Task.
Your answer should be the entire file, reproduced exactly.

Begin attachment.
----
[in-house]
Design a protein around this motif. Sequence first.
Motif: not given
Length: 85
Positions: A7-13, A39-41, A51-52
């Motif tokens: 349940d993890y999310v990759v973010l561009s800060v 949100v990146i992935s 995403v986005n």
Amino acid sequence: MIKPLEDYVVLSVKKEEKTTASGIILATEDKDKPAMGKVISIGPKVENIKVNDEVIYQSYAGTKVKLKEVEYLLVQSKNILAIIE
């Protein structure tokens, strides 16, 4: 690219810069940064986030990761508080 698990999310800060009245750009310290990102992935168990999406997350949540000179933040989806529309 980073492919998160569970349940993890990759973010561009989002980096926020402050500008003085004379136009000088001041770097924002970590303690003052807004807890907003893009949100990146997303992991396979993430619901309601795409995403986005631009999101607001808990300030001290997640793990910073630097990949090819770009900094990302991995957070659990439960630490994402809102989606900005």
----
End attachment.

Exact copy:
[in-house]
Design a protein around this motif. Sequence first.
Motif: not given
Length: 85
Positions: A7-13, A39-41, A51-52
């Motif tokens: 349940d993890y999310v990759v973010l561009s800060v 949100v990146i992935s 995403v986005n």
Amino acid sequence: MIKPLEDYVVLSVKKEEKTTASGIILATEDKDKPAMGKVISIGPKVENIKVNDEVIYQSYAGTKVKLKEVEYLLVQSKNILAIIE
């Protein structure tokens, strides 16, 4: 690219810069940064986030990761508080 698990999310800060009245750009310290990102992935168990999406997350949540000179933040989806529309 980073492919998160569970349940993890990759973010561009989002980096926020402050500008003085004379136009000088001041770097924002970590303690003052807004807890907003893009949100990146997303992991396979993430619901309601795409995403986005631009999101607001808990300030001290997640793990910073630097990949090819770009900094990302991995957070659990439960630490994402809102989606900005």